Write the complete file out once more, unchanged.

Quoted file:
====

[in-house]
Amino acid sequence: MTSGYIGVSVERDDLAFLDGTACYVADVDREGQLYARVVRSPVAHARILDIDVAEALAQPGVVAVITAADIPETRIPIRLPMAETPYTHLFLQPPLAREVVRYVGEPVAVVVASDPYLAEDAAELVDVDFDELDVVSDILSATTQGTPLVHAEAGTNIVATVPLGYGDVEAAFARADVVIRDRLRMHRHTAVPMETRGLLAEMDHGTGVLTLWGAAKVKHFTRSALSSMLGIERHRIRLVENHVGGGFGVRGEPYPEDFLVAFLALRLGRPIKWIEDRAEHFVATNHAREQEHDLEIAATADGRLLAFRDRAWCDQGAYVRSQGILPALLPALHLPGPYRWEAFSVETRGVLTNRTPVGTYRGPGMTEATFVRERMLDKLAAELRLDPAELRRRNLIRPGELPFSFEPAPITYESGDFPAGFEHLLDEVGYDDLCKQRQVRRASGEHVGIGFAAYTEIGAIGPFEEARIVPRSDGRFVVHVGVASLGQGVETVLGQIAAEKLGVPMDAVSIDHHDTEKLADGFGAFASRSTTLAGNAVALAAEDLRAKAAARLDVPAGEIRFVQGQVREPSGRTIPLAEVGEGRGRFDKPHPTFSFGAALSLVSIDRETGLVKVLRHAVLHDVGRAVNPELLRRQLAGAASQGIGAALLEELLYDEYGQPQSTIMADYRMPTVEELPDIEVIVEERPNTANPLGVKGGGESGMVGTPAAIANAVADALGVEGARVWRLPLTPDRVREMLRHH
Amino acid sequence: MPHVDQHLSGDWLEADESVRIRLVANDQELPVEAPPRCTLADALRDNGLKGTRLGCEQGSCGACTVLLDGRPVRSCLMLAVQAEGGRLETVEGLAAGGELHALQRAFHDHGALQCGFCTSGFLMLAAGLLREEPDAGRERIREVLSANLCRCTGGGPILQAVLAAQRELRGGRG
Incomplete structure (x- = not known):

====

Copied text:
[in-house]
Amino acid sequence: MTSGYIGVSVERDDLAFLDGTACYVADVDREGQLYARVVRSPVAHARILDIDVAEALAQPGVVAVITAADIPETRIPIRLPMAETPYTHLFLQPPLAREVVRYVGEPVAVVVASDPYLAEDAAELVDVDFDELDVVSDILSATTQGTPLVHAEAGTNIVATVPLGYGDVEAAFARADVVIRDRLRMHRHTAVPMETRGLLAEMDHGTGVLTLWGAAKVKHFTRSALSSMLGIERHRIRLVENHVGGGFGVRGEPYPEDFLVAFLALRLGRPIKWIEDRAEHFVATNHAREQEHDLEIAATADGRLLAFRDRAWCDQGAYVRSQGILPALLPALHLPGPYRWEAFSVETRGVLTNRTPVGTYRGPGMTEATFVRERMLDKLAAELRLDPAELRRRNLIRPGELPFSFEPAPITYESGDFPAGFEHLLDEVGYDDLCKQRQVRRASGEHVGIGFAAYTEIGAIGPFEEARIVPRSDGRFVVHVGVASLGQGVETVLGQIAAEKLGVPMDAVSIDHHDTEKLADGFGAFASRSTTLAGNAVALAAEDLRAKAAARLDVPAGEIRFVQGQVREPSGRTIPLAEVGEGRGRFDKPHPTFSFGAALSLVSIDRETGLVKVLRHAVLHDVGRAVNPELLRRQLAGAASQGIGAALLEELLYDEYGQPQSTIMADYRMPTVEELPDIEVIVEERPNTANPLGVKGGGESGMVGTPAAIANAVADALGVEGARVWRLPLTPDRVREMLRHH
Amino acid sequence: MPHVDQHLSGDWLEADESVRIRLVANDQELPVEAPPRCTLADALRDNGLKGTRLGCEQGSCGACTVLLDGRPVRSCLMLAVQAEGGRLETVEGLAAGGELHALQRAFHDHGALQCGFCTSGFLMLAAGLLREEPDAGRERIREVLSANLCRCTGGGPILQAVLAAQRELRGGRG
Incomplete structure (x- = not known):